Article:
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Is the recession really over?

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Opinions among entrepreneurs are split.

Some, like Chris Clarkson, director of sunshine.co.uk, haven’t felt the effects of recession yet, anyway. He says: "With continual growth of online spending, if this is a recession, we can’t wait to see the growth once it is over. I firmly believe that the impact of the recession depends on the course of action business owners took to try and stave it off and also what sector you are in. Those who have marketed their way out of the recession are the ones who are now probably seeing the benefit of an upturn in public spending, whereas those who put their head in the sand and hoped it would pass will be the ones who are now saying that they are yet to see the end of the financial difficulties."

Likewise Mark Pearson, MD of MyVoucherCodes, says: "For us the recession brought new customers and opened up our brand to a new social demographic that would have historically turned their back on using vouchers and discounts but are now looking to save money."

No wonder Pearson’s so cheerful: MyVoucherCodes.co.uk was the fourth fastest growing site of 2008 and currently attracts eight million visitors every month. His affiliate marketing business, www.markcomedia.co.uk, turned over £280m last year, proving that online businesses are among the most resistant to recession.

"All the spending statistics that we see in our day-to-day trading show that internet shopping has remained a high consumer priority," Pearson says. "The recession just caused a shift in trends from people only looking for discounts when buying luxury items and electronic equipment, to instead trying to find bargains for their every day shopping such as groceries and school clothes."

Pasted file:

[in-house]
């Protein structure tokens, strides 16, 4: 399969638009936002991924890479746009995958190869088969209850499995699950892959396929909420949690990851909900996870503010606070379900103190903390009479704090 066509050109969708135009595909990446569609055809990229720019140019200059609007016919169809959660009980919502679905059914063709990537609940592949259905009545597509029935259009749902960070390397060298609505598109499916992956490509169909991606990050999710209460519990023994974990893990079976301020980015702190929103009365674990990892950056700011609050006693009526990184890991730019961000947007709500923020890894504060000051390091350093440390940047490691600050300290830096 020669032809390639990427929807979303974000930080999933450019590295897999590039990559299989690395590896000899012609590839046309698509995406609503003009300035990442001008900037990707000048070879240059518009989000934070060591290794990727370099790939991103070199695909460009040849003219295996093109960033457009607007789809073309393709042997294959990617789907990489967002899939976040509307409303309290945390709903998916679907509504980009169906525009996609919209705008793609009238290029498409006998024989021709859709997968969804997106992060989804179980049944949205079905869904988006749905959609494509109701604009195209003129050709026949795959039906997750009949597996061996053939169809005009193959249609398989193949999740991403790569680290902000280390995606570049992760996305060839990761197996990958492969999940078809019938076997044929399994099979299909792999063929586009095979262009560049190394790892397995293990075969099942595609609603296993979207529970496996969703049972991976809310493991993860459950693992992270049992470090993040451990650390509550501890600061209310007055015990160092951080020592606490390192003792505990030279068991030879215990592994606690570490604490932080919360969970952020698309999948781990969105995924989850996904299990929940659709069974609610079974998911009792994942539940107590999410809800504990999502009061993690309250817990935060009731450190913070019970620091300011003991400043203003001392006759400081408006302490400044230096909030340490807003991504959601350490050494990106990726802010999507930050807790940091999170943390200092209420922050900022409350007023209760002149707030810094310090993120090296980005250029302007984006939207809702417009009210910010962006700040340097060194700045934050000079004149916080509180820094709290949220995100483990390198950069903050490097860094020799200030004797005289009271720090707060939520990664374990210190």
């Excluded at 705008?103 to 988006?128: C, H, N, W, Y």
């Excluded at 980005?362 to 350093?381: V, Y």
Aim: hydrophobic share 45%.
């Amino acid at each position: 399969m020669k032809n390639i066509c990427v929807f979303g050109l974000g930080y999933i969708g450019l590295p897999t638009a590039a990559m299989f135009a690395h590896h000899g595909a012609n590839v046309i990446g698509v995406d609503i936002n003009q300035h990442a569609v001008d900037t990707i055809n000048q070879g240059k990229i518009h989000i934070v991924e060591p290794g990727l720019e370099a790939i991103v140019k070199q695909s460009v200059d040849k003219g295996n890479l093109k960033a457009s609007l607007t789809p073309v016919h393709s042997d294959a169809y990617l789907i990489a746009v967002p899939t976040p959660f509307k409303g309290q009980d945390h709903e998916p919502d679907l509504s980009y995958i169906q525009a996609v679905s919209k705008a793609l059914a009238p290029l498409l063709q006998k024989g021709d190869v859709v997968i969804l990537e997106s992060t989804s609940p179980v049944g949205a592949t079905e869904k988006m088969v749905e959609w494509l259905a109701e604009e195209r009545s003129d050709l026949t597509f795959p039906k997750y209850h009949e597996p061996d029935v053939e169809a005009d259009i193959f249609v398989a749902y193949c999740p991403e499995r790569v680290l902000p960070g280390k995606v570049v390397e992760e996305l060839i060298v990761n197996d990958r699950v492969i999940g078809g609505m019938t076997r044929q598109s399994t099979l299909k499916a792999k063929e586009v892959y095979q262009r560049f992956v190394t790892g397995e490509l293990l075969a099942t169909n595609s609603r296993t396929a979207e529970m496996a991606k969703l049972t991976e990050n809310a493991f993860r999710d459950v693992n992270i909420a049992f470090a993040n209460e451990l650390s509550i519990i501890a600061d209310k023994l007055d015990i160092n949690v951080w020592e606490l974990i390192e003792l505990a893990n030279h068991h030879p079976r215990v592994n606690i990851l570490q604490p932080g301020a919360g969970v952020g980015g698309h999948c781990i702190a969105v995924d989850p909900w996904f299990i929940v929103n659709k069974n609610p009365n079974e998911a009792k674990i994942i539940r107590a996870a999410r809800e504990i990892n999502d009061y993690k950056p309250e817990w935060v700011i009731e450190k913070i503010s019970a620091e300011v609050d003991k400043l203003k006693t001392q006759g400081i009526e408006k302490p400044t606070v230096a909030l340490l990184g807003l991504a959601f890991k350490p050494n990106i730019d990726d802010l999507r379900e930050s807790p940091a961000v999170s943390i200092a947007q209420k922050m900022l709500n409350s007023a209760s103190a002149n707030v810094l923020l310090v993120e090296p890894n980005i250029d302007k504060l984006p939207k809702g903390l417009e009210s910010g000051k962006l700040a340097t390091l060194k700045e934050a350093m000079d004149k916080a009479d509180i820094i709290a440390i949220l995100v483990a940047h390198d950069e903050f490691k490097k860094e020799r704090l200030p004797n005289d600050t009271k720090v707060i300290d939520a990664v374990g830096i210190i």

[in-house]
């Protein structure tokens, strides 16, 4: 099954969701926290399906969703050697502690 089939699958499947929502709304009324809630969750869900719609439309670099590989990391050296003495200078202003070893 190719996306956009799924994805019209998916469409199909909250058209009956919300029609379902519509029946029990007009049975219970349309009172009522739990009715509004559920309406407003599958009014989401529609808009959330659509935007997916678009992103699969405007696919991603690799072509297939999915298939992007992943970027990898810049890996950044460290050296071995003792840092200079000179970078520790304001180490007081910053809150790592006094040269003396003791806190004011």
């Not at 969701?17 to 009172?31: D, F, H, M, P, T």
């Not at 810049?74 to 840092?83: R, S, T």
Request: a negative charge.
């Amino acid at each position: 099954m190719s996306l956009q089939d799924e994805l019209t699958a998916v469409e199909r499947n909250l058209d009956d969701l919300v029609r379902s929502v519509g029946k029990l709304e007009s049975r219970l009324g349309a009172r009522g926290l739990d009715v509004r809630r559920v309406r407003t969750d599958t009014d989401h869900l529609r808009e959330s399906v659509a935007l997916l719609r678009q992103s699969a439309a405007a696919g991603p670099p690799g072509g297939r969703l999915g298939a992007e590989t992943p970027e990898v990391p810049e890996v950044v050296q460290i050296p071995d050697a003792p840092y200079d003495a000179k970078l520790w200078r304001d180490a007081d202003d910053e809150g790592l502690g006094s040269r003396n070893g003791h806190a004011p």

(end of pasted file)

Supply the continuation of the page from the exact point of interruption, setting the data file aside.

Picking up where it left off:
Neil McHugh, co-managing director of Rightmobilephone.co.uk, has a more conservative response. "I think in some sectors, the downturn has stabilised. But stopping the downward spiral doesn’t mean the recession has come to an end," he says. "There is still a lot of caution out there as to what will be around the corner.

"I think it is very early to consider the true consequences of the government’s short term initiatives, cuts and corporate hand outs. For the well-placed, there is opportunity during times like these. As a company, we have been fortunate enough to be able to re-invest into our technology and brand. It’s an ideal time to do so as suppliers cut their margins. I imagine for many, the next 12 months will be about consolidation, streamlining and positioning themselves to compete as signs of a recovery do finally appear."

Orders at Zak Edwards’s online gift firm Prezzybox.co.uk are up 26 per cent on last year. His website has received record traffic spikes, almost rivalling last year’s Christmas figures. He can see both sides, however, of the recession/no recession debate. Edwards says: "I’m unsure, to be honest. From a business perspective, Prezzybox is doing pretty well, so we could argue that the recession is drawing to a close. However, you only need to speak to builders, landlords or restaurateurs to find out that this isn’t actually the reality of the situation and a lot of people are struggling for work and to make ends meet.

"I’m sure that we’ll come out of the economic decline but I’m unsure that it will happen as quickly as we would like, and I’m convinced that the recession is not at an end. The important thing as a business owner is to remain positive and focus on maximising your core competencies to increase profits in everything that you do. If you are lucky enough to come out the other side, you’ll be stronger for it.”

Related articles"The recession is nothing compared to a CVA"Increasing revenue: tips for small businessWinning pitches in a recession: part onePicture source

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